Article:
Researchers from the University of Aberdeen and the universities of East Anglia, Leeds and Queens University Belfast have succeeded in winning a £2 million Programme Grant from NIHR for a 5 year programme of research into medicines management in care homes.
The University of Aberdeen’s contribution will be led by Professors Christine Bond and Phyo Myint, respectively from Academic Primary Care and the Epidemiology Group in the Division of Applied Health Sciences. Professors David Wright and Richard Holland from the School of Pharmacy and School of Medicine respectively at the University of East Anglia, are leading the research.
A national report identified large numbers of medication errors in care homes and recommended that one individual should be responsible for medicines management. Emerging evidence indicates that specially trained pharmacists, who are qualified and licensed to prescribe, can practise in a safe and effective manner, and building on this the research team of applied for funding to develop a pharmacist independent prescriber model of medicines management in care homes. The funded programme aims to determine the cost-effectiveness of pharmacist independent prescribers working in care homes in an integrated manner with general practitioners and care home staff.
The proposal is for a resident’s GP to continue to manage acute problems and assume overall responsibility for individual resident care whilst the pharmacist independent prescriber will assume responsibility for medicines management primarily through the development of individualised pharmaceutical care plans and repeat prescription authorisation. The first year of the project will involve working with all stakeholders to develop the service specification. In year two, a small feasibility study will be undertaken in each area which will then lead onto a pilot and then proceed to a randomised controlled trial.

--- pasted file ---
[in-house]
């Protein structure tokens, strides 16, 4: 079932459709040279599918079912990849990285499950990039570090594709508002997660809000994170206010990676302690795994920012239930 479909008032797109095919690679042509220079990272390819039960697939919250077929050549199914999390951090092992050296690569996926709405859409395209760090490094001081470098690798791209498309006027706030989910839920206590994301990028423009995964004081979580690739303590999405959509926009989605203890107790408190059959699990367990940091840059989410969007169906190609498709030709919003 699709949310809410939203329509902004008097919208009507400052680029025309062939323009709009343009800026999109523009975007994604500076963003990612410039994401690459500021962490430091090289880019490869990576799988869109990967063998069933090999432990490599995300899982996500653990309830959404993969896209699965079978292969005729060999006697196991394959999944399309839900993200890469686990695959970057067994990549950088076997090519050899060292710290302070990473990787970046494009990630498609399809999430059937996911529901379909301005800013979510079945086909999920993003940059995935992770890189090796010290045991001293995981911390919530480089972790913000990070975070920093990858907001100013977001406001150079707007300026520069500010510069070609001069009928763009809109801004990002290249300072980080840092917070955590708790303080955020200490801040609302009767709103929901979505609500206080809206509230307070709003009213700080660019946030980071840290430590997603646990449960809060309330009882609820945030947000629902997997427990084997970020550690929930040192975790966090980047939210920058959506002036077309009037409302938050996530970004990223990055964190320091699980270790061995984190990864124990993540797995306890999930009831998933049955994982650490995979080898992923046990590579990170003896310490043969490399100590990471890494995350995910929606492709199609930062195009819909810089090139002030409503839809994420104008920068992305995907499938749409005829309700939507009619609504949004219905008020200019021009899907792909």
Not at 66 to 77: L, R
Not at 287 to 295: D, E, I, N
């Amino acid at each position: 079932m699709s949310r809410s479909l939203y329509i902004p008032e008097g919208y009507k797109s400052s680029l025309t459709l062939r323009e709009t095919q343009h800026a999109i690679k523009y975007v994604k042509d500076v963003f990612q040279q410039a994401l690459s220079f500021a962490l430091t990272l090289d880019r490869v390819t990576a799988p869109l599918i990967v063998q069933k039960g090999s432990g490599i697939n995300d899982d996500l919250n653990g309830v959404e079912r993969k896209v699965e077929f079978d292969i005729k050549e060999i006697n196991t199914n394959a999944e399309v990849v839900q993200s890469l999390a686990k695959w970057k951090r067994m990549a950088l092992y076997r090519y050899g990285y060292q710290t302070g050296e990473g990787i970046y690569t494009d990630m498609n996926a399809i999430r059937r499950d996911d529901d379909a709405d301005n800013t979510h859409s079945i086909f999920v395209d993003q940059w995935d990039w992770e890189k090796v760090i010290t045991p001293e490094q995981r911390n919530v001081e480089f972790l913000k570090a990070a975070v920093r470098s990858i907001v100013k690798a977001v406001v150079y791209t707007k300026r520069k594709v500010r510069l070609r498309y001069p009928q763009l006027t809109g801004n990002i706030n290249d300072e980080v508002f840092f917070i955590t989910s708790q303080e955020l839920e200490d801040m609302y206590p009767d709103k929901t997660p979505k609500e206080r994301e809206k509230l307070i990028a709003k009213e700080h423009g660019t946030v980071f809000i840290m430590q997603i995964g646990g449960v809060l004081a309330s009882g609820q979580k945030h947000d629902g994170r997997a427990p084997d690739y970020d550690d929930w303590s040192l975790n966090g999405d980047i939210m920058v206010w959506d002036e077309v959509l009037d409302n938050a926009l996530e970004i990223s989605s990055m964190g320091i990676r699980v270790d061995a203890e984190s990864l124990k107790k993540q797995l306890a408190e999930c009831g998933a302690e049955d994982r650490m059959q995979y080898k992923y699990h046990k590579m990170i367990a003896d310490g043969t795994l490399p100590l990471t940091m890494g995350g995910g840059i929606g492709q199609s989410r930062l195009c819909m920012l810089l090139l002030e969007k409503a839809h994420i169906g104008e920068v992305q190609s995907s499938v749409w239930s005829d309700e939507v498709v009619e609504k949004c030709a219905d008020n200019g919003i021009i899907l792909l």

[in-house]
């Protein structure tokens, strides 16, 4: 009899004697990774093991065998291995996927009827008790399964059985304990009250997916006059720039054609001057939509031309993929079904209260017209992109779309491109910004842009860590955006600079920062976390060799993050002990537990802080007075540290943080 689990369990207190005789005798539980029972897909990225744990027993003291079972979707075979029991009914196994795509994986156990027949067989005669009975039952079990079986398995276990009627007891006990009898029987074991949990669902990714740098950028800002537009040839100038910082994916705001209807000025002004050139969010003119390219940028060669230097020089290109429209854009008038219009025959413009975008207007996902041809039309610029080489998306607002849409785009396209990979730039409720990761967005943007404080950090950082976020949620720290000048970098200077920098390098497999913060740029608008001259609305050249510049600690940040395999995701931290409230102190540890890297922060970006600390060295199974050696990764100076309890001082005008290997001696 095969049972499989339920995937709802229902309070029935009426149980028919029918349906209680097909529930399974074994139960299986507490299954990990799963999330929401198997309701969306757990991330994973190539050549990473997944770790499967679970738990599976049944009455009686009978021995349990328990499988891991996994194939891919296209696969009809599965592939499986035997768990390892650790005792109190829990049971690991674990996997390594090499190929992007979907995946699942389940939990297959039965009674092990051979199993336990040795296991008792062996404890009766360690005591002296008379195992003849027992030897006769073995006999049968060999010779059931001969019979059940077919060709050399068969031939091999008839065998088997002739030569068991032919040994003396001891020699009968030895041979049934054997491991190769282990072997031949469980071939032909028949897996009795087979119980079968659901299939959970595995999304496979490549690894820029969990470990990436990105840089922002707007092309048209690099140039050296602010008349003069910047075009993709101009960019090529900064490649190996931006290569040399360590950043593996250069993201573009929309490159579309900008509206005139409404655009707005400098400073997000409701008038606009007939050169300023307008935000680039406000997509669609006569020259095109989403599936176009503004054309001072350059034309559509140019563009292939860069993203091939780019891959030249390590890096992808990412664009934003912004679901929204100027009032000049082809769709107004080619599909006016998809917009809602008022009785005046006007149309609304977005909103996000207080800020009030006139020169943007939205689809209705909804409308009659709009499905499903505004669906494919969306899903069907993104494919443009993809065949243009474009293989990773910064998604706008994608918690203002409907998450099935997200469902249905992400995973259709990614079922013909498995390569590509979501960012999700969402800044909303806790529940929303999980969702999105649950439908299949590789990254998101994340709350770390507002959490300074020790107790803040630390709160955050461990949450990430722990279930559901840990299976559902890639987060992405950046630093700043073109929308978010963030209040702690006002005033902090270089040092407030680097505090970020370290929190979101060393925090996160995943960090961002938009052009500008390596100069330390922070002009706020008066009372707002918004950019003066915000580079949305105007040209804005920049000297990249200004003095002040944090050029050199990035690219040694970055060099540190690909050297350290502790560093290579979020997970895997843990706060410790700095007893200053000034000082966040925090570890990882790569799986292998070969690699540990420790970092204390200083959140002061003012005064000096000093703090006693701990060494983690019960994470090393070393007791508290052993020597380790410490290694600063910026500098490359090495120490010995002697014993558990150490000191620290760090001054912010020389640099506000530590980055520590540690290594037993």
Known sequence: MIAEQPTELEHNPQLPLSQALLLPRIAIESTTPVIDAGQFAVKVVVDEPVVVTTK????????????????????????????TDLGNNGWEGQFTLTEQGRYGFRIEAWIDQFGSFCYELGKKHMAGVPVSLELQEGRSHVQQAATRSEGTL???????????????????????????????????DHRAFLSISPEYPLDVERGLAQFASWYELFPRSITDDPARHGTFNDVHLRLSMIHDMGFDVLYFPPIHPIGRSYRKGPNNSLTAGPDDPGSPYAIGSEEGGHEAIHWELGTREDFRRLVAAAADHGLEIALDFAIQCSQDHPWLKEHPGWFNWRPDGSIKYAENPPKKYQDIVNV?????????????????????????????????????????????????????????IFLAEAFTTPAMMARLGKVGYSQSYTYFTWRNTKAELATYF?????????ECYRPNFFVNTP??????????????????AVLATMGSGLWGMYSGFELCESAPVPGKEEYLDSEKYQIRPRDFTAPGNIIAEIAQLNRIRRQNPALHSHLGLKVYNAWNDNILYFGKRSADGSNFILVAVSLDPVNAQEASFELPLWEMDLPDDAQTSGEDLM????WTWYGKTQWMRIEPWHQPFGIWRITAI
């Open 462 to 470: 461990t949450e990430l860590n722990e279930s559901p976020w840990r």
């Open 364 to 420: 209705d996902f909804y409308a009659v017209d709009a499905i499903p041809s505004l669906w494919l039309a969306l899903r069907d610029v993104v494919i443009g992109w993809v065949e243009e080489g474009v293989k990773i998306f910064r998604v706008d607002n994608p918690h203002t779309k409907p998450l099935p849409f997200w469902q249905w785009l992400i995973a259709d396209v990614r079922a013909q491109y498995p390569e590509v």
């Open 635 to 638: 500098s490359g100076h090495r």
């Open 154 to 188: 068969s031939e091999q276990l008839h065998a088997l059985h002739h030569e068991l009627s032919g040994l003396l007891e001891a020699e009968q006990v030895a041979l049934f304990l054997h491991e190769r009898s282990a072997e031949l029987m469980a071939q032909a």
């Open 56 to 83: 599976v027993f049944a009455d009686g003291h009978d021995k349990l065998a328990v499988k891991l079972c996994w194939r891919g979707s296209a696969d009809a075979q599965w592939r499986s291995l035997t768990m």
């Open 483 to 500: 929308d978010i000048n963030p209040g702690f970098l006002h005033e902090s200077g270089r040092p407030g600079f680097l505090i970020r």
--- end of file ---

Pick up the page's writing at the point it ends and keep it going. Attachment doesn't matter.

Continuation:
Prof. Bond was quoted as stating that ‘this is an incredibly exciting opportunity for GPs and pharmacists to work together to improve patient care in the primary care setting. It is great that we have been given sufficient time and funding to develop and test the model before moving to a full trial. By determining the cost-effectiveness of the intervention rather than just its effectiveness we also increase the chance of the service being adopted more widely at a later date’.
- University of Aberdeen: Professor Christine Bond and Professor Phyo Myint
- University of East Anglia: Professors David Wright and Richard Holland
- Queen’s University Belfast: Professor Carmel Hughes
- University of Leeds: Dr David Alldred
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